Tuesday, September 26, 2017

Dogs And Drugs

Racing greyhound Me Me Me tested positive for cocaine at the Hollywood dog track in Florida

By Fred Barton, GREY2K USA Worldwide Board Member

It seems like every time I look at a news feed lately there is another story about greyhounds being drugged, usually with cocaine. As a result of a great deal of initial research done by GREY2K USA, the Washington Post recently ran a story on the burgeoning drug problem in Florida. The dog the story used as an example, WW’s Flicka, had tested positive for drugs five previous times. The problem is by no means isolated to American greyhound racing. In New South Wales, Australia authorities raided a breeding farm and found Steroids, among other drugs;  in Ireland champion Irish greyhound Clonbrien Hero tested positive for cocaine three times in two months, and in New Zealand drugging seems to bring small punishment to those caught.

I believe this is an aspect of greyhound racing slowly collapsing in on itself. As the purses shrink and the pressure to win increases, dog welfare slips farther down the list of industry priorities. Since the illegal use of drugs has been around almost as long as racing itself, it’s hard to tell whether the practice has recently increased, or if more people are being caught. Tests have become more sophisticated, but so have attempts to elude them. The internet and the development of so called designer drugs have combined to open a whole new potential for chemically enhancing performance while avoiding detection. Dr. Rick Sams, laboratory director at LGC Sport Science in Lexington, Kentucky said, “We can't tell here from the analysis of the sample, whether it came from environmental contamination or the tail end of intentional administration. There are no tags that tell us one way or another.” He was talking about the horse racing industry, but it would be naive to think that those drugs aren’t also making their way into dog racing.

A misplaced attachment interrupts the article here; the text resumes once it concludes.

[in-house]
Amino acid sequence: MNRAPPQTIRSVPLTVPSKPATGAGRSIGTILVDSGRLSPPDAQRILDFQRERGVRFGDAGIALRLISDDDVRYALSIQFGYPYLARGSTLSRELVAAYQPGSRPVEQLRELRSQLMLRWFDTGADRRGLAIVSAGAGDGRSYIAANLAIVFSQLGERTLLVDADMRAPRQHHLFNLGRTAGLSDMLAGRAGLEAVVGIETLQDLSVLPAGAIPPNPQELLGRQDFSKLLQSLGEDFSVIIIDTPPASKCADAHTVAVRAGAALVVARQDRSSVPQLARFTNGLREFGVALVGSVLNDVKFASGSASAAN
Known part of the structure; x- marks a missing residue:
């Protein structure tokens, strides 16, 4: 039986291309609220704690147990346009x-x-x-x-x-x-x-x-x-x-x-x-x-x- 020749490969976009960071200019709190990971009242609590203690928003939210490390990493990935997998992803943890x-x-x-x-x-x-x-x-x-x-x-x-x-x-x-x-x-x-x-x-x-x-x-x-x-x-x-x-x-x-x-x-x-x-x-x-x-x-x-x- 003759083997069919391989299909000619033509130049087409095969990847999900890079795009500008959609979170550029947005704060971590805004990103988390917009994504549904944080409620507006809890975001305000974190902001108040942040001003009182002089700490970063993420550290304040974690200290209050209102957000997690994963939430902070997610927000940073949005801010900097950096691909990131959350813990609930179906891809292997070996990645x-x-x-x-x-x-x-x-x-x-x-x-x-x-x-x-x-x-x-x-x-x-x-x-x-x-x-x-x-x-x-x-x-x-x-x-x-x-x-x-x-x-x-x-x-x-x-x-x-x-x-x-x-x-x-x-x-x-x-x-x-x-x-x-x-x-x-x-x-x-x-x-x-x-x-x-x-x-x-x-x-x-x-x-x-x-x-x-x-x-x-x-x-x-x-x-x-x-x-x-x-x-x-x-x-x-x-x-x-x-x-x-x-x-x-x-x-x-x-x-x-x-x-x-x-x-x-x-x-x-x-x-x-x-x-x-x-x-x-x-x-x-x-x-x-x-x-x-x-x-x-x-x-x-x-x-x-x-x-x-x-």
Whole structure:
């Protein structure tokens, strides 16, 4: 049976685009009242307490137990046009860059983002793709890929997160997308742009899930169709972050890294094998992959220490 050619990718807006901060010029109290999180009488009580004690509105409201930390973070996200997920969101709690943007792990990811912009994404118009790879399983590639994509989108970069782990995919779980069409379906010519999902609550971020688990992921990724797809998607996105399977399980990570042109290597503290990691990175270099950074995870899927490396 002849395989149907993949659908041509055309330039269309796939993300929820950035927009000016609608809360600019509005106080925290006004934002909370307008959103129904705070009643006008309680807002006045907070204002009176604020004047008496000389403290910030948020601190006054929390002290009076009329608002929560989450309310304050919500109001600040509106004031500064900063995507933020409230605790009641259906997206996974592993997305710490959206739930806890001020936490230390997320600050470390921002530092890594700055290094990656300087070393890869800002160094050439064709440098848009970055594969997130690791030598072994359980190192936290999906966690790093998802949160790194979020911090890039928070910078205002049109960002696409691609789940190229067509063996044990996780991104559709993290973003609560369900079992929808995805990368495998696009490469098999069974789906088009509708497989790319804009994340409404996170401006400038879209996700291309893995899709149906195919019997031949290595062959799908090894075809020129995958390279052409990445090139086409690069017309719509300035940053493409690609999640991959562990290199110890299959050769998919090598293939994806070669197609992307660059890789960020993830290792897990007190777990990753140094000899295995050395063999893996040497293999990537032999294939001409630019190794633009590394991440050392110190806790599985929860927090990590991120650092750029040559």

And what about the drugs’ effect on the dogs? Has anyone taken that into consideration? The short answer from those who profit from racing is no. Actually, in the case of cocaine the jury is still out on whether it does in fact make a dog faster. Shelly Flagel, Ph.D., a neuroscientist at the University of Michigan Medical School who studies the effects of cocaine said, “We do have evidence that with this increased activity comes increased velocity of movement as well.” However, “ trainers can’t hope to elicit that same cocaine high from dogs every single time. Not only do individual animals — whether they’re dogs, rats, or humans — respond differently to different cocaine doses; they also become “sensitized” to the drug at different rates as they are repeatedly exposed to it.”

One thing is certain though and that’s the deleterious health effects of cocaine exposure on the greyhounds. In an article cited above, Scott Stanley, a toxicologist with UC Davis School of Veterinary Medicine said, “exposure to cocaine in dogs can lead to seizures, rapid heartbeat, and elevated blood pressure, among other behavioral anomalies.“  He further stated, “Any amount of cocaine in a companion animal may result in toxicosis.”

The industry’s response has been typically disingenuous. Steve Sarras, a kennel owner in Florida where dogs consistently receive positive tests tried to pass it off as “environmental contamination.” Others claim they did not know how the drugs got there, much as Captain Renault was shocked to know there was gambling going on in Rick’s nightclub.  Even when the allegations are shown to be true, the punishment is often a fine and temporary suspension—a cost of doing business it seems, given the number of repeat offenders. 

The state agencies that oversee greyhound racing are understaffed and lack sufficient funding to make any substantial inroads against this growing epidemic. They do however have occasional success as in the case of Malcolm McAllister, whose license was revoked.  While this is a positive step, if you look at the rising number of drug cases and the usually weak penalties, it is more the exception that proves the rule—and the rule is, the health of the greyhound will always be sacrificed for the chance of profit.